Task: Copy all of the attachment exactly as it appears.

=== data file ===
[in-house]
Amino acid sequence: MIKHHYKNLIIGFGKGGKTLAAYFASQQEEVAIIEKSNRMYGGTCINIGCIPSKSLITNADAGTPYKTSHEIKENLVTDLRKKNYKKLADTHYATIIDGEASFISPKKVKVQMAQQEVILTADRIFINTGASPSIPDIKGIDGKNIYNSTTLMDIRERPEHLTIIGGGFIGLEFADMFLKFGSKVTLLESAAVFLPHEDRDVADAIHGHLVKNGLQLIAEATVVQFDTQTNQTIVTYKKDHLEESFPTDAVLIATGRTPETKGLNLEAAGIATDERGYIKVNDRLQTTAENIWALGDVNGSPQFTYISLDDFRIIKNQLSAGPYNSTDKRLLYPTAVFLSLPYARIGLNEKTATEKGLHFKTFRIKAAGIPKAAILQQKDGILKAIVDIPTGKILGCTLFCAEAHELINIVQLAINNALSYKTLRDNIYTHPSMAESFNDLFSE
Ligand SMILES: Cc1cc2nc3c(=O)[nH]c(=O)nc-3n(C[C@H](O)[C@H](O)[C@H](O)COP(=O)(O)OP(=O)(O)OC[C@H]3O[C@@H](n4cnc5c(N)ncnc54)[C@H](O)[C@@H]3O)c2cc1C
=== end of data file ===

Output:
[in-house]
Amino acid sequence: MIKHHYKNLIIGFGKGGKTLAAYFASQQEEVAIIEKSNRMYGGTCINIGCIPSKSLITNADAGTPYKTSHEIKENLVTDLRKKNYKKLADTHYATIIDGEASFISPKKVKVQMAQQEVILTADRIFINTGASPSIPDIKGIDGKNIYNSTTLMDIRERPEHLTIIGGGFIGLEFADMFLKFGSKVTLLESAAVFLPHEDRDVADAIHGHLVKNGLQLIAEATVVQFDTQTNQTIVTYKKDHLEESFPTDAVLIATGRTPETKGLNLEAAGIATDERGYIKVNDRLQTTAENIWALGDVNGSPQFTYISLDDFRIIKNQLSAGPYNSTDKRLLYPTAVFLSLPYARIGLNEKTATEKGLHFKTFRIKAAGIPKAAILQQKDGILKAIVDIPTGKILGCTLFCAEAHELINIVQLAINNALSYKTLRDNIYTHPSMAESFNDLFSE
Ligand SMILES: Cc1cc2nc3c(=O)[nH]c(=O)nc-3n(C[C@H](O)[C@H](O)[C@H](O)COP(=O)(O)OP(=O)(O)OC[C@H]3O[C@@H](n4cnc5c(N)ncnc54)[C@H](O)[C@@H]3O)c2cc1C